On Tuesday, cash bail reformer and self-described abolitionist Elisabeth Epps had a hair appointment. Philomena Hukporti, her braider, texted ahead to see if she’d still make it despite snow and icy roads. Epps was not going to miss it. On Wednesday, she was possibly heading to jail for 90 days, and she wanted to be ready.
In 2015, Epps was at a pool party when she intervened with police dealing with a young man in crisis. She was arrested and eventually convicted of obstructing a peace officer. But Epps’ proceedings dragged out through appeals processes.
As she waited for her final day in court, Epps’ profile in the metro area skyrocketed. She began advocating to remove cash bail for low-level offenses, first with a Mother’s Day bailout fundraiser that raised $20,000. Soon, that effort turned into a full-fledged campaign to reform state laws and raise money to bond out more people. Week after week, Epps made trips to area jails where she posted bond for strangers. Her fund now has about $70,000 to work with, which often cycles back to her account once people appear in court. Epps is also working with state lawmakers and the ACLU to pass legislation to end cash bail for low-level offenders.
As an activist who knows all too well that inmates die while being handled by law enforcement in incarceration, Epps has worried that even one day behind bars can be dangerous. She feared for the lives of people who could not pay bail as low as $10, and now she feared for her own safety.
So Epps went to get her hair braided for the first time in years, an act of self-care that she felt would prepare her for “maximum security shampoo” and protect her self-esteem. She’d prepared to pass her bailout efforts to four volunteers who could keep the work going if she was taken into custody. Her phone rang endlessly with messages of support from friends and supporters. But, on the day of her sentencing, Epps was granted a small allowance in addition to jail time.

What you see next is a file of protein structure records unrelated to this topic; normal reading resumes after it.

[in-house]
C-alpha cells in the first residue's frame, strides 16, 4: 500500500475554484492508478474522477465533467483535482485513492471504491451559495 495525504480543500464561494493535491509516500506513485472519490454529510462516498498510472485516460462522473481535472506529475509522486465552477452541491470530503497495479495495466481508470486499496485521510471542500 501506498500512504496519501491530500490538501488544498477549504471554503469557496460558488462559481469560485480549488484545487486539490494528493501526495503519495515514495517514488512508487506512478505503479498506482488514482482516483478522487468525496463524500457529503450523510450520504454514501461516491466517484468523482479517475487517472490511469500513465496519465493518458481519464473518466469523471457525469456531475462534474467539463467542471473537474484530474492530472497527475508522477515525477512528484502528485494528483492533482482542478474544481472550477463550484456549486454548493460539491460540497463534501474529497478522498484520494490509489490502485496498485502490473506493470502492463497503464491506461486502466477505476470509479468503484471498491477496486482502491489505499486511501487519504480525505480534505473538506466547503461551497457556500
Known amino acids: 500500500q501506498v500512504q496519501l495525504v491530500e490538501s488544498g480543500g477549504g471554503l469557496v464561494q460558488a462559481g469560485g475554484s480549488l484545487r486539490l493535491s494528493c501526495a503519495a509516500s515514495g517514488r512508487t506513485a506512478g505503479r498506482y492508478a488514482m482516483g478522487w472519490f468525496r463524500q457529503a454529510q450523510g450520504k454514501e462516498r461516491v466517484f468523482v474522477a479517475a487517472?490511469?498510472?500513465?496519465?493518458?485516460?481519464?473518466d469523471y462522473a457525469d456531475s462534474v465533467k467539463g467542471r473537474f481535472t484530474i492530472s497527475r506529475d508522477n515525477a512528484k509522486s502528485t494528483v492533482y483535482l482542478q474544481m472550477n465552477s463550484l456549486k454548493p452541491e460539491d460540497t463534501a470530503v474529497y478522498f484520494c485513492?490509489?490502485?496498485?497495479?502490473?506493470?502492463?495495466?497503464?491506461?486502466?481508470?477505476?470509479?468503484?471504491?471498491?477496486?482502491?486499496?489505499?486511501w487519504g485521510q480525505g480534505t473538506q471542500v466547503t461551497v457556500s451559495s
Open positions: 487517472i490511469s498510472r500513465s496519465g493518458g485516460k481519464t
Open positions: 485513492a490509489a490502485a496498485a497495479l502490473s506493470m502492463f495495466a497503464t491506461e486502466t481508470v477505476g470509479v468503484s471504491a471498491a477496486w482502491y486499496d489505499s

On Wednesday morning, Judge Shawn Day sentenced Epps to 27 days in jail with work leave. It means she can exit during the day, Monday to Friday, to continue her bailout work and potentially free people she meets while she spends her nights and weekends in a cell.
Supporters filled two courtrooms as Epps was sentenced.
At 8 a.m., Epps entered the room in Aurora’s municipal court wearing a black suit and pink tutu.
“Serena lost last night,” she said to supporters who came to watch, who laughed and cheered as she made her way to the defendant’s chair.
“Thank you,” she whispered to them, crying.
More than 30 people had crammed themselves into two rows behind her, sitting on laps and sideways into the aisle. Just as many who could not find a place to sit filled another courtroom next door where a video feed was set up, the sound coming in and out as Epps’ public defender and the prosecution began to make their cases.
When it was time for Day to make his decision, the judge made it clear that he was not going easy. He began by quoting George Washington.
“A fundamental concept of our country,” he said, “is the ability of courts and judges to perform their duties free of influence.”
That “concept of judicial independence” has been “under attack,” he said, from “the highest office of this country” to this very room.
Day accused Epps and her supporters of telling only her side of the story outside of his proceedings. During her trial, he said that former Colorado Rep. Joe Salazar watched from the back of the room. Epps’ lawyer made a point to say that Salazar was “watching.”
That was another challenge to his judicial independence, he said, and Epps continued to “fly in the face of this principle.”
In dragging out her sentencing, Day continued, Epps demonstrated a lack of respect for the law.